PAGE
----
Cold Refreshing Summer Lemonade Mojito. for article on covid date night

In the meantime, many restaurants are offering drinks and beer for takeout right now. Mojitos on the patio? Yes, please!

3. Watch a first-run movie.

Our family loves going to the movies, and to us, there’s nothing quite as fun as settling into a dark theater, mixing your own Owencorn right there in the eighth row. But even if you can’t shell out half your paycheck for snacks right now, you can enjoy watching a first-run movie at home thanks to the magic of the Interwebs. Here’s a list of what’s out, what’s coming out, and where to watch it. 

I recommend making the experience as movie theater-like as possible by turning off the lights and ordering movie theater snacks in your curbside pickup grocery order. Lights, camera, action! But not too much action. The kids are probably still awake. 

4. Enjoy a romantic backyard dinner.

Fam, my husband is an incredible chef, so my favorite restaurant is my house. But if you’ve got a grill in the backyard, you hardly need to be a masterful culinary artisan to cobble together a great meal. Or order take-out and enjoy it al fresco. 

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Dig out your Christmas lights and some candles for a little ambiance, order a bottle of prosecco or sparkling grape juice if you’re not drinking, and throw down a picnic blanket or have a seat on your patio chairs. If you’re in an apartment, you can get creative and dine on your balcony. 

5. Share some local artisan ice cream.

The Rose Rock Microcreamery offers a wide selection of absolutely magical ice cream flavors including vegan, dairy, and gluten-free options. Disney Lovers will be thrilled to see Pineapple Whip is on the menu. There are also intriguing choices like Lavender Honey and their specialty, Rose Rock (strawberry with candied pecans), and you can order a quarantine special that includes toppings, three pints, and six cones.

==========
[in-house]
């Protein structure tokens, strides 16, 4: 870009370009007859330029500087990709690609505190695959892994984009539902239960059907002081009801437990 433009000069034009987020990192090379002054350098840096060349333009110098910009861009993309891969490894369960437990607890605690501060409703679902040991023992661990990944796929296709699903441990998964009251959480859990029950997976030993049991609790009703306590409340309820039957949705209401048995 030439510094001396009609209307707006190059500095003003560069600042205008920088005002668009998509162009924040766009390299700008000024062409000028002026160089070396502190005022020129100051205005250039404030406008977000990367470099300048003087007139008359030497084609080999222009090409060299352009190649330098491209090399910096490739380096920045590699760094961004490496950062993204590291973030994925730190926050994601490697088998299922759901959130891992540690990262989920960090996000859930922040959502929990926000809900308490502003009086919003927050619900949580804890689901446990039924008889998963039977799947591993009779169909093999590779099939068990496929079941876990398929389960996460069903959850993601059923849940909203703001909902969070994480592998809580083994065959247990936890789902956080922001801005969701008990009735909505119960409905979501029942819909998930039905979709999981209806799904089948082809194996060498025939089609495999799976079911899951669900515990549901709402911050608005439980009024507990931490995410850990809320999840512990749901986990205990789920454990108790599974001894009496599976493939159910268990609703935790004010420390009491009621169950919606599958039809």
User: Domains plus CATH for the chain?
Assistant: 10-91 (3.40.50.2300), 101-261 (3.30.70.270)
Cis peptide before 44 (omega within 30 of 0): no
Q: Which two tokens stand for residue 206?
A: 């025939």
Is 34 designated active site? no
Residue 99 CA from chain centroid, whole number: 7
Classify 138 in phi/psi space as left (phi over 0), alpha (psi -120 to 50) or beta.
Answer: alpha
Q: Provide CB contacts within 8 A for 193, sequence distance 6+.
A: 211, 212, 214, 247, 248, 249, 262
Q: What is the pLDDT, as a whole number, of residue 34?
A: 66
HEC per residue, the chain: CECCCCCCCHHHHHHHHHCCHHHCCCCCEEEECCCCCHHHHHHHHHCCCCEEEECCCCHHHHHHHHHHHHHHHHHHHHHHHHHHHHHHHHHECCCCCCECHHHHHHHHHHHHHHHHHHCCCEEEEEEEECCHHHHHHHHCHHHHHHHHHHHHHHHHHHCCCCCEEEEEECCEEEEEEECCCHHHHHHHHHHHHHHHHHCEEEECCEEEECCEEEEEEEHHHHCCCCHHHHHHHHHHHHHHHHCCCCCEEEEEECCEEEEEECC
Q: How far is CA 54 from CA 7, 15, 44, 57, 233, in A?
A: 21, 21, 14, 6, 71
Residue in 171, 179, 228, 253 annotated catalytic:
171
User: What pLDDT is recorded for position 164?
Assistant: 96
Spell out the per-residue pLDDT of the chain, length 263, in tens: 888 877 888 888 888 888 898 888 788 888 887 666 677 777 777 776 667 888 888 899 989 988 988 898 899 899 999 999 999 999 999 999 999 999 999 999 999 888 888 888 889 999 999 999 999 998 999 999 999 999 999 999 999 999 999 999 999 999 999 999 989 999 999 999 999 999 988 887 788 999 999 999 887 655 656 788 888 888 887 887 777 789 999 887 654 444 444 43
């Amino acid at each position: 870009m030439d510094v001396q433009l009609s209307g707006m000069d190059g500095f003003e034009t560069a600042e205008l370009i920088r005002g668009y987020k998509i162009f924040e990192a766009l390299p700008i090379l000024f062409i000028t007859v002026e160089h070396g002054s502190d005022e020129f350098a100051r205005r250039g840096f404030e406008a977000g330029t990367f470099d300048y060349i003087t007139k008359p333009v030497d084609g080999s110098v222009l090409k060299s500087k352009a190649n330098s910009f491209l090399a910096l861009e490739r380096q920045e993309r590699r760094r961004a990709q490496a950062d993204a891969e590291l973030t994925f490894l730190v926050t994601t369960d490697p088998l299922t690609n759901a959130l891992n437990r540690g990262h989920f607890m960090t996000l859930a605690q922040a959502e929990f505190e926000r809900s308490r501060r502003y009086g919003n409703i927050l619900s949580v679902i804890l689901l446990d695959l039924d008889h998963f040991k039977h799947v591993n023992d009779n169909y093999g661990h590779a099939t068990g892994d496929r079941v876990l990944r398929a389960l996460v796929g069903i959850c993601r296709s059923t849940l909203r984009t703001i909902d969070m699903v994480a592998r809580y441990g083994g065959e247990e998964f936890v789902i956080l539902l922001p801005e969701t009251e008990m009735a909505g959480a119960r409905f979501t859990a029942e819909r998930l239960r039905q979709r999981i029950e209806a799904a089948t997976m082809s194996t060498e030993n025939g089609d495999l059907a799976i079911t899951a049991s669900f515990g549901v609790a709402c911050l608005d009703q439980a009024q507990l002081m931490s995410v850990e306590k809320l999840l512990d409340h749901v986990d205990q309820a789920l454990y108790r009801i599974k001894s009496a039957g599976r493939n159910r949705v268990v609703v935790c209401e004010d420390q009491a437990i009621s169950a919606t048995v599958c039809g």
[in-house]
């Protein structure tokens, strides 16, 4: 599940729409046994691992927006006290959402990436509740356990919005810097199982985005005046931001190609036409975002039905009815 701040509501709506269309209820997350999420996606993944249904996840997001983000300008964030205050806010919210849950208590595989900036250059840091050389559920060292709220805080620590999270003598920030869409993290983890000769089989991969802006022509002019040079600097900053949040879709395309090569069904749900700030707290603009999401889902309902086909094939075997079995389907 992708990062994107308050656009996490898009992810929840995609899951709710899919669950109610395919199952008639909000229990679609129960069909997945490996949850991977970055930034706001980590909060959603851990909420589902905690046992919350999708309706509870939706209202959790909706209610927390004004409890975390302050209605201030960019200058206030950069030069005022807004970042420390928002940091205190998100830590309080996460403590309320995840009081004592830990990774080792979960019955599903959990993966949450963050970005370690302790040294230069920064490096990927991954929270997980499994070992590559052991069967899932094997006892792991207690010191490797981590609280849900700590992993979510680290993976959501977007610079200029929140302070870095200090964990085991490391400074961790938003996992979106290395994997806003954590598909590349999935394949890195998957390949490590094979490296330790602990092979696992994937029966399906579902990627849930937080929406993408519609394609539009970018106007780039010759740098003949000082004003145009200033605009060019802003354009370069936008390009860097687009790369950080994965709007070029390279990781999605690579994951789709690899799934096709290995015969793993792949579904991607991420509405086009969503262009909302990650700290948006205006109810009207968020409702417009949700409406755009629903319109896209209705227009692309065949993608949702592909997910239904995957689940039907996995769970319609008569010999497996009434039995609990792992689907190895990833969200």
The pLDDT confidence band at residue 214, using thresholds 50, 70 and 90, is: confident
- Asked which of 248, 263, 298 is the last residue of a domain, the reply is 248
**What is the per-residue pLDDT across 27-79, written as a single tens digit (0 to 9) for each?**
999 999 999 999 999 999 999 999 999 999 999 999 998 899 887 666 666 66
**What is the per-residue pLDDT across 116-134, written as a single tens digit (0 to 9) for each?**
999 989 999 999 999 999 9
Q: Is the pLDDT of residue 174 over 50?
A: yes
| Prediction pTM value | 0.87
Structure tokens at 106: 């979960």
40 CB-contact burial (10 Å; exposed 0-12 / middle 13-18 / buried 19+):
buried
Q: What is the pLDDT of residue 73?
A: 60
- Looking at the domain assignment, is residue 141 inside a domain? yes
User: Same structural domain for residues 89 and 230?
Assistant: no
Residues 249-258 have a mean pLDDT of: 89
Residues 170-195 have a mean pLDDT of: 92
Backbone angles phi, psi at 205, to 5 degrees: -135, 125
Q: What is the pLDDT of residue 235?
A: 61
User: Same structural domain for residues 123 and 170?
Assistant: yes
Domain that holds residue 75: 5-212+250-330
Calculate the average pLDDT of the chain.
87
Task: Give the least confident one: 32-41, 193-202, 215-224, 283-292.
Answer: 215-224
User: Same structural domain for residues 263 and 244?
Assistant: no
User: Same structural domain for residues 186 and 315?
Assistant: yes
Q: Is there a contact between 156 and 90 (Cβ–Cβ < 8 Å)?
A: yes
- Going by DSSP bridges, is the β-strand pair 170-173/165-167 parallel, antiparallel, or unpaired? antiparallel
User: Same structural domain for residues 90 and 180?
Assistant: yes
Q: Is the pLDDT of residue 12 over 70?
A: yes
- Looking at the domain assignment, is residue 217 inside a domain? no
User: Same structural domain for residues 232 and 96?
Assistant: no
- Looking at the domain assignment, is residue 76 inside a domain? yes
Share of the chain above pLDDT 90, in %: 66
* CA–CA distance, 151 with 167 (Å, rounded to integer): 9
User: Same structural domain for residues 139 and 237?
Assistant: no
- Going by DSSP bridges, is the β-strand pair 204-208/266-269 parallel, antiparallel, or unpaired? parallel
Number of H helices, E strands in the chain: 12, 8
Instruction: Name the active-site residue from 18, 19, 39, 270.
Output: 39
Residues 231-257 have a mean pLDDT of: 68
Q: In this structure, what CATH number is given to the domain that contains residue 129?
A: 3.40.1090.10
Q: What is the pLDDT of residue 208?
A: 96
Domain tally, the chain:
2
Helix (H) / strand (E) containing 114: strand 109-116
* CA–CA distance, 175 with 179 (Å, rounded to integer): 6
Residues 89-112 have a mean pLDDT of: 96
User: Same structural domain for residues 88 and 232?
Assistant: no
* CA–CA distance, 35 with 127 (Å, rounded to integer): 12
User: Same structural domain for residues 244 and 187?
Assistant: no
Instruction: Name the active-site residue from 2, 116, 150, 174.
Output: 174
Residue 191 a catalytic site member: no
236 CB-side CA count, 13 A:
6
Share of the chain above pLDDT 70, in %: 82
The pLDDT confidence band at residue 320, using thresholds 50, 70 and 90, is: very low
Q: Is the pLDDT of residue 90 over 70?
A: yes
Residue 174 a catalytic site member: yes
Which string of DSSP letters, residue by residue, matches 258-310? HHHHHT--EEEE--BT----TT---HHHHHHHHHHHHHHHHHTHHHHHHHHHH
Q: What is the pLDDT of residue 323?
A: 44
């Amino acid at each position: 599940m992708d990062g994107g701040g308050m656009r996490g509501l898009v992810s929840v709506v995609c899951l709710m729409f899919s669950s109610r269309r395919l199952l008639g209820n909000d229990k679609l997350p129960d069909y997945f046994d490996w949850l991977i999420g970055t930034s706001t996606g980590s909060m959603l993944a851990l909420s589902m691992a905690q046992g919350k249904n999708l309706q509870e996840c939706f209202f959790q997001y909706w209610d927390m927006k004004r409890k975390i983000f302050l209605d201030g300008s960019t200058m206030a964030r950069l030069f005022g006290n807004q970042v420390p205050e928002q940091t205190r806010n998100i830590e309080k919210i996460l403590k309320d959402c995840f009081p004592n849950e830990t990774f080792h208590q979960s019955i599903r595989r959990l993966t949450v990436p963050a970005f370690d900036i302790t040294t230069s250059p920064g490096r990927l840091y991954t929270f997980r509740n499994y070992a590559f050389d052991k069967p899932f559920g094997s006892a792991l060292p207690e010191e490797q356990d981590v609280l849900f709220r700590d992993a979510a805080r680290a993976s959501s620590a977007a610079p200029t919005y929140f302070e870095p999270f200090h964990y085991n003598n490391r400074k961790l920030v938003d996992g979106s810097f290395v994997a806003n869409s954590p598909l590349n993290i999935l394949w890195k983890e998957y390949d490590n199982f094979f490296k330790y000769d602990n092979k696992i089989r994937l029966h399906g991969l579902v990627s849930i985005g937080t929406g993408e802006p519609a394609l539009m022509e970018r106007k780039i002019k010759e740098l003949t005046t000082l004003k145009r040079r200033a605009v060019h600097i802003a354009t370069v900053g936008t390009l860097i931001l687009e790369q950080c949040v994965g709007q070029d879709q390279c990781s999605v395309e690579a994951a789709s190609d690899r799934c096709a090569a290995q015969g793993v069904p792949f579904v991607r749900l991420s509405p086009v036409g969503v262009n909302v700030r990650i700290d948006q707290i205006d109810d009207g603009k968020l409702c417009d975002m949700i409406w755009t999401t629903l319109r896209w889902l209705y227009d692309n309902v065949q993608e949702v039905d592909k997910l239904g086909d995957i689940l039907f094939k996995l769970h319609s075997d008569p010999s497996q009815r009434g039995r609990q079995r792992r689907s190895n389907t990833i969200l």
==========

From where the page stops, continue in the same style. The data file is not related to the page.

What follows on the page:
6. Go for a drive.

Drives are magical if you have little kids because if you time them right, the kids will end up napping through the whole thing and you’ll get romantic adult time. Even if your kids are a little bit older, they’re in the back of the car. When our kids were younger, this was as close to dinner out as we got most of the time. 

With spring in the air, there are tons of beautiful places to drive right now. Try taking on the Green Country Oklahoma Adventure Tour, which travels over Oklahoma’s most scenic roads. Everything you need to know about the GOAT can be found here in this Google Drive

7. Pick strawberries.

Joe’s Farm in Bixby is enforcing social distancing and allows you to pick your own organic strawberries. Technically, you probably can’t do this one without the kids unless they’re tweens or older, although I would personally be eaten alive with unwarranted maternal guilt if we did this without the kids anyway. 

It’s a perfect backdrop for romantic couple convos, which in our case usually consists of making snarky comments to each other a la Benedick and Beatrice. You’ll need to pick a slot for strawberry picking ahead of time, and they go fast. 

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Do you have any anniversary inspiration to share? Leave me a comment below. Thanks for reading, and have a beautiful, socially distant week!

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Categories: Coffee Nebula